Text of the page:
Ced Kurtz's TechMan Texts: SpaceX ushers in new age of space flight

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Welcome to the dawn of commercial space flight.

Elon Musk’s SpaceX has just posted video of a successful launch of its re-usable rocket concept, according to SlashGear. The shuttle is shown taking off, rising to 250 meters, then landing right next to the launch pad. In a second test, SpaceX said the first stage of a rocket that docked with the International Space Station over the weekend successfully test-fired its boosters in a way that will allow it to land in the ocean. Reusable rockets would go a long way to making space flight a business.

Power over distance. According to a news release, a Korean team has made an advance in wireless power transfer. Chun T. Rim, a professor of nuclear and quantum engineering at the Korea Advanced Institute of Science and Technology, and his team last week demonstrated a great improvement in the distance that electric power can travel wirelessly, up to five meters. In 2007, scientists used a magnetic field to transfer energy for a distance of 2.1 meters. What a boon wireless electric power would be.

Cord-cutters grow. A new report from Experian Marketing Services says more people are dropping cable or satellite and instead watching video online. The number of cord-cutters, which Experian considers people with high-speed Internet who’ve either never subscribed to or stopped subscribing to cable or satellite, has risen from 5.1 million homes to 7.6 million homes, or 44 percent, in three years.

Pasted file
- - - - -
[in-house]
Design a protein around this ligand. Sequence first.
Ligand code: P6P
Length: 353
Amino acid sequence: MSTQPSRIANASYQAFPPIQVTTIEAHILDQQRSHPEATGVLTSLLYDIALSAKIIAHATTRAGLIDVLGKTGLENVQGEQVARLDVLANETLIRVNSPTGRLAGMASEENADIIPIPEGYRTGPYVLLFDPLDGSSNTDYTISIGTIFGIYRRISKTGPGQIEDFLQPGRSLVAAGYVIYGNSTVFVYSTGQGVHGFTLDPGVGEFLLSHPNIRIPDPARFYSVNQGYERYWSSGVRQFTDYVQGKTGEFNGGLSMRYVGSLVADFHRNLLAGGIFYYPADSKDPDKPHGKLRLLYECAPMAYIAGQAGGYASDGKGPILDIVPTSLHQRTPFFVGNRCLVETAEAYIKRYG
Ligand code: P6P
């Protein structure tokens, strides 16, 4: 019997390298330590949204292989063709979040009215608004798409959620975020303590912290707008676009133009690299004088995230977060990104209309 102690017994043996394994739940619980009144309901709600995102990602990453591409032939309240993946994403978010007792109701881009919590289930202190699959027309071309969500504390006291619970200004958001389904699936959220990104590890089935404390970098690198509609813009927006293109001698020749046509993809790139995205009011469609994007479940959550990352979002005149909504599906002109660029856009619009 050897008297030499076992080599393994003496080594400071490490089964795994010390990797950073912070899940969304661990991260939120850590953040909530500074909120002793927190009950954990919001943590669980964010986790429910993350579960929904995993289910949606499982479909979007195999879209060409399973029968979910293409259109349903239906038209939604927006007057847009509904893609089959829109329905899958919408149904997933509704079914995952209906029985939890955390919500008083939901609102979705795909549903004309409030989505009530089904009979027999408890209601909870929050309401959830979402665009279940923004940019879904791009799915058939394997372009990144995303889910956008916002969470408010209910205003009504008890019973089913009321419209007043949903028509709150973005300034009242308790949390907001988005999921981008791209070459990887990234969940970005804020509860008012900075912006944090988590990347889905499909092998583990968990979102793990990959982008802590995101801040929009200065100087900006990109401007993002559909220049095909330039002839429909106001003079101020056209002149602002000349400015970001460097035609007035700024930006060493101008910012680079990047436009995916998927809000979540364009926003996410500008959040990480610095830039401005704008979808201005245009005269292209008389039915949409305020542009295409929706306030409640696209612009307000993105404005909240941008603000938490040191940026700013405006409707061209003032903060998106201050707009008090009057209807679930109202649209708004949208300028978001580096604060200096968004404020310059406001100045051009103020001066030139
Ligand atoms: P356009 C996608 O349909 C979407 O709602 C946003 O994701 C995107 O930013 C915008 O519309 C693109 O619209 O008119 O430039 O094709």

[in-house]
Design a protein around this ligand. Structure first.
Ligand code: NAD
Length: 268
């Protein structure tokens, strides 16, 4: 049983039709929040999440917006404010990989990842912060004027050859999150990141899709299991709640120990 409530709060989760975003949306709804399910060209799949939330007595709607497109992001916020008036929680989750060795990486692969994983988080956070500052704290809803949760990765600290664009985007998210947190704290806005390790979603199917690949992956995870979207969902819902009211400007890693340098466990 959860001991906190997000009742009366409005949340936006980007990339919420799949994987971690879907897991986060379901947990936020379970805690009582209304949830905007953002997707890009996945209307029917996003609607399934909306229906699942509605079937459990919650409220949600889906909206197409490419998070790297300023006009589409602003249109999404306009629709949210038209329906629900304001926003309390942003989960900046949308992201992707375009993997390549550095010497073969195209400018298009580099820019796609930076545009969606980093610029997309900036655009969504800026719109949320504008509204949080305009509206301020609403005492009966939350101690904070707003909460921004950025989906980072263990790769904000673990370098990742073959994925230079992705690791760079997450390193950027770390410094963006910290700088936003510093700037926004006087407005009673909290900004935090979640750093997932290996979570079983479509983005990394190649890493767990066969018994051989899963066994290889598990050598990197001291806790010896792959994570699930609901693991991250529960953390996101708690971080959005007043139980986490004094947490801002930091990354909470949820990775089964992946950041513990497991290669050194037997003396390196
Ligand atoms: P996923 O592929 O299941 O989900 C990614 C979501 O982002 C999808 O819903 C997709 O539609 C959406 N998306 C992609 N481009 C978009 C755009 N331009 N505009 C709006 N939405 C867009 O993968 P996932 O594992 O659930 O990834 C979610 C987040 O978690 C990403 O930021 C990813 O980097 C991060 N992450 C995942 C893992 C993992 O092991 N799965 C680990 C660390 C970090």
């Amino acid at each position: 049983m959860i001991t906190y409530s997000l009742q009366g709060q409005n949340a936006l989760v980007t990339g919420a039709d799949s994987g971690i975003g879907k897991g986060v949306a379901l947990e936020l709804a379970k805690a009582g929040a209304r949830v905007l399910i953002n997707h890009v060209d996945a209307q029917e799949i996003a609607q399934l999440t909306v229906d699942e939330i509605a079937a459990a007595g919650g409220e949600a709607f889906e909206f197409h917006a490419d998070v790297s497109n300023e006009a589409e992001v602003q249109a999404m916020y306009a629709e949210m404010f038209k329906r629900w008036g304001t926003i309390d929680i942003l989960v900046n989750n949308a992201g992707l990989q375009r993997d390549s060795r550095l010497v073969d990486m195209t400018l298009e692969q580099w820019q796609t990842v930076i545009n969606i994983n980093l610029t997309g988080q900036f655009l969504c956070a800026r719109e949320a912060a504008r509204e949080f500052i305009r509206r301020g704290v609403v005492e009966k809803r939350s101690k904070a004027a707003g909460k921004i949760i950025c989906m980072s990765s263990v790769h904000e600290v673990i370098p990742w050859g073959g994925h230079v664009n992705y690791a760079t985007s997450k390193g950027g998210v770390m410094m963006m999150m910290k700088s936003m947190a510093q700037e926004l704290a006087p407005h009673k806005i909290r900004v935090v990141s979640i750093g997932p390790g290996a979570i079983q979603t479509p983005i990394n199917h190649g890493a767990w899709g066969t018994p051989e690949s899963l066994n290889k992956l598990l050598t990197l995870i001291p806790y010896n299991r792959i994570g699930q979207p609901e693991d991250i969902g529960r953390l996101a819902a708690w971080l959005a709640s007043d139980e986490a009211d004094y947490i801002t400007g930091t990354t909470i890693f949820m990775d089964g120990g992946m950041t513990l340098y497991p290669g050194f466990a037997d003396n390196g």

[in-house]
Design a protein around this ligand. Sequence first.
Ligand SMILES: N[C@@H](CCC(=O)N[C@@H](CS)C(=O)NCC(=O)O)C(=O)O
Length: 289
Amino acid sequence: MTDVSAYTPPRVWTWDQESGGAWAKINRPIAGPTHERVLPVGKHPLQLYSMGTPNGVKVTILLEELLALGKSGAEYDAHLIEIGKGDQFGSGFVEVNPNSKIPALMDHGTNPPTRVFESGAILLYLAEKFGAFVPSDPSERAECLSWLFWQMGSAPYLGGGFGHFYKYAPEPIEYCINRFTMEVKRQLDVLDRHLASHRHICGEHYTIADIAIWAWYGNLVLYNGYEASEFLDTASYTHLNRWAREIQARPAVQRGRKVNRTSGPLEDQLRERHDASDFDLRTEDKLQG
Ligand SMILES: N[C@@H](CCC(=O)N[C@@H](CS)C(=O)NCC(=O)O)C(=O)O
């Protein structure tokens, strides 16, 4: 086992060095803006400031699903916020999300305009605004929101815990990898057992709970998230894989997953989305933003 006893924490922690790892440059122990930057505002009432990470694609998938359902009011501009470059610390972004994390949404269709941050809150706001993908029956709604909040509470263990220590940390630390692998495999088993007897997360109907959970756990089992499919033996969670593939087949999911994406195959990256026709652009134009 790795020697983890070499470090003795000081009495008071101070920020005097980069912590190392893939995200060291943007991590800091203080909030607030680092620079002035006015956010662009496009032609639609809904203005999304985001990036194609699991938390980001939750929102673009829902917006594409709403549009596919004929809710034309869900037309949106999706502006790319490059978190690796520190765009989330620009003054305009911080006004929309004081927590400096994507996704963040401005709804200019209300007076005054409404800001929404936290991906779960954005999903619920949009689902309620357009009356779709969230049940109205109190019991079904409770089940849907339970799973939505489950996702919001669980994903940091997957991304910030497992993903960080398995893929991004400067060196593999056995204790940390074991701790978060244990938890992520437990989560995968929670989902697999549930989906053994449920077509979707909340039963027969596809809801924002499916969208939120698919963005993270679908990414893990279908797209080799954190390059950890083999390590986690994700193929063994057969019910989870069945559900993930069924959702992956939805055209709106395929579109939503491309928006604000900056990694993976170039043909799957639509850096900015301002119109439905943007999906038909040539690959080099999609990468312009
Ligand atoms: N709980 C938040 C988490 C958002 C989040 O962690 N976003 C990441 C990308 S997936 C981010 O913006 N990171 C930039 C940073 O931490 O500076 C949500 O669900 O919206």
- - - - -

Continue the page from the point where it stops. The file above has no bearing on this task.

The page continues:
Wearing computers wears out. The tech pundits have been saying that wearable computers are the next big thing. But Nike begs to differ. Cnet.com reported that Nike is getting ready to jettison its wearable-hardware products, including the FuelBand fitness tracker and the Nike+ SportWatch. The company informed members of the 70-person hardware team — part of its larger, technology-focused Digital Sport division comprised of about 200 people — of the job cuts last week, Cnet reports.

Floating for free. Japanese rail operator JR Tokai said it would not charge the U.S. to license its proprietary “maglev” technology, which allows trains to hover about 4 inches above tracks and travel at speeds of 310 mph, according to Nikkei. It is hoping the U.S. will use its train for a proposed high-speed rail line between Washington D.C. and Baltimore.

A phone in pieces. Google held its first-ever developer conference for Project Ara, a mission to make a modular smartphone. It’d be the last phone you ever needed to buy, because you’d be able to swap out everything from the camera to the display to the battery, in order to always have the exact phone you want, according to TheVerge.com. 

Stick it to them. A team of University of Massachusetts Amherst inventors described a new, more versatile version of their invention, Geckskin, that can adhere strongly to a wider range of surfaces yet releases easily, like a gecko's feet. They have expanded their design theory to allow Geckskin to adhere to surfaces found in most homes such as drywall and wood, Phys.org reports.

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